Changing People's Behavior

  • Published
  • By Stacy Loague
  • 97th Maintenance Operations Division Chief
"All leadership comes down to is changing people's behavior."

When I read that statement, I thought it sounded pretty dumb. All these years I've been taught "leaders are born; not made" or how leadership is a "set of developed skills." When I Googled the word leadership, I got 13 million hits. No wonder the concepts of leadership are so varied and so much is written about it. There are so many different thoughts about leadership; it's difficult to know what to follow. That explains the thousands upon thousands of leadership seminars offered every year, the reason leadership is taught at every level of Professional Military Education (PME), and in colleges across the country, volumes of Leadership books are written by just about everyone. So, how can leadership change someone's behavior?

Could leadership just be all about changing someone's behavior? If so, how do you change someone's behavior? It's a known fact; people are resistant to change. The very first thing you hear when announcing a change, is, "What, another change?" or "I can't believe the people in charge can't make up their minds!" and even "We just now figured out how to make this work!" Since life is an invariable merry-go-round of stops, staying on the merry-go-round is a futile attempt at never accepting change. Regardless of your resistance to change, it will take place. So, how do leaders get people to embrace change, rather than reject the idea of change?

Getting people to accept change is all about changing their attitude. If you want someone to embrace the change, you must give them a reason to embrace it. People initially tend to follow people and not simply "ideas." Getting a person to follow an idea is tough. First you must sell it, then implement the idea, and lastly validate the idea's success. Different concepts of leadership can assist anyone in successfully implementing a change. Although your position as a manager, supervisor, leader, etc. gives you the authority to accomplish certain tasks and objectives in the organization, this assigned leadership power does not make you a leader; it simply puts you in charge. People want a reason to follow someone. Give them that reason and they will follow. It's not just about being the boss. To the contrary; it's about having the person want to achieve high goals, rather than simply just bossing people around. Dwight D. Eisenhower said, "Leadership is the art of getting someone else to do something you want done because he wants to do it." Could changing someone's attitude become the first step to implementing change?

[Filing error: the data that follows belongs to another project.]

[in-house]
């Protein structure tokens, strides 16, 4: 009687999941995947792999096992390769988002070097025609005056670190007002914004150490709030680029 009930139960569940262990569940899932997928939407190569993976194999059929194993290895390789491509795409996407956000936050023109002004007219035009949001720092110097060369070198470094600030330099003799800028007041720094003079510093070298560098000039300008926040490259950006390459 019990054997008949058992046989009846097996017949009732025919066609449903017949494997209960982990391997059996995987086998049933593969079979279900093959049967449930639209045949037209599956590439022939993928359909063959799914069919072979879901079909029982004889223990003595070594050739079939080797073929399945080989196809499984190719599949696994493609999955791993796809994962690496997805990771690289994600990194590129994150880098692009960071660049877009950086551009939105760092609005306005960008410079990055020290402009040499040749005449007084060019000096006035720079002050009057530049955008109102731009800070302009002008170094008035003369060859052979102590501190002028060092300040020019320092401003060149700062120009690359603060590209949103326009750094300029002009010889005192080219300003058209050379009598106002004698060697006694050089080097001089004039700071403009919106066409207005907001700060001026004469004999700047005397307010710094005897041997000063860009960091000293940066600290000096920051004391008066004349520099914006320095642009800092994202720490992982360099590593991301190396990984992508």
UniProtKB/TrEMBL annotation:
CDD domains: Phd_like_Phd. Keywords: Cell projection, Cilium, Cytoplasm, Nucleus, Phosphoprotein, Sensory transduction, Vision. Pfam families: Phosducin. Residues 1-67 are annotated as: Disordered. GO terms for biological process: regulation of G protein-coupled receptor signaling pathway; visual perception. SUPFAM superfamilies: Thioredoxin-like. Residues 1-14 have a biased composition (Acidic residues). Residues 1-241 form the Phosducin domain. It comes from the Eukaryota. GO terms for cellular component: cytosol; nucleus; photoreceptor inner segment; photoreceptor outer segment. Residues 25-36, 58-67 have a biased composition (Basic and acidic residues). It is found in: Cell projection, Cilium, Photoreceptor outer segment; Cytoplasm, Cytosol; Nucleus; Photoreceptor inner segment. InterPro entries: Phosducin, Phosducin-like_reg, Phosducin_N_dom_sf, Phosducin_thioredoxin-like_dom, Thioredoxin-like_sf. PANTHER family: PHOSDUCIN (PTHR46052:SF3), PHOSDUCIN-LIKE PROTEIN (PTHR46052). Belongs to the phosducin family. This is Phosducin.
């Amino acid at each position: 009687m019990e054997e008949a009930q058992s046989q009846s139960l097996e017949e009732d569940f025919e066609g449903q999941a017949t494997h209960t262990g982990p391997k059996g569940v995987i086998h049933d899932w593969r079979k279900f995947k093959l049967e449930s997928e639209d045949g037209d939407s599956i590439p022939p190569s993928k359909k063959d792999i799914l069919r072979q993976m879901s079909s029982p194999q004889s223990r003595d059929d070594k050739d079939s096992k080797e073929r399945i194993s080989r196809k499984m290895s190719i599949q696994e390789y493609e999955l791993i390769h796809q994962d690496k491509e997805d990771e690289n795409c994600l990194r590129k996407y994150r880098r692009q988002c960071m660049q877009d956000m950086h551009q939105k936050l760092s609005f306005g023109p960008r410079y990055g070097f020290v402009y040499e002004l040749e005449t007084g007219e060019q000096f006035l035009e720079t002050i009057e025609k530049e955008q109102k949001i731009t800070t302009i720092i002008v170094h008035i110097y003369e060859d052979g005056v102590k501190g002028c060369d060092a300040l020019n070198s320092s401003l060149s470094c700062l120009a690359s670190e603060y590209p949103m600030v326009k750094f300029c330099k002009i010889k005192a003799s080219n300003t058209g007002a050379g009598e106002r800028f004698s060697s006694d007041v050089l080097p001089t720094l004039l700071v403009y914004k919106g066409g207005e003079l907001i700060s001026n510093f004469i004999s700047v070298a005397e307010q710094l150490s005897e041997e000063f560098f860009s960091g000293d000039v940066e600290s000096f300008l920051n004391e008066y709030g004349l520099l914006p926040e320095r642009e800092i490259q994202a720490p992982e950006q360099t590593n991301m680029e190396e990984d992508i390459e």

Changing attitudes is hard. Every person comes from a different environment. Even a set of twins, separated at birth has different values. Teaching could be the successful path to implementing change without resistance. Even if you're born with leadership traits, you may not be able to use those traits to adequately communicate the change. Learning skills is a path to that communication. The truth of the matter is education helps people communicate. John F. Kennedy communicated, "Leadership and learning are indispensable to each other." For a long period, inherited traits were sidelined as learned and situational factors were considered to be far more realistic as reasons for people acquiring leadership positions.

All leadership comes down to is changing people's behavior. Change the attitude and you will change the behavior. As explained, using different concepts of leadership to implement your change will make a big difference in your success or failure. Sell your idea, implement your idea, and validate your idea. Use education to supplement your leadership tool bag when implementing change. There will be change and you can stay on the merry-go-round or get off the merry-go-round; all it takes is a change in your attitude.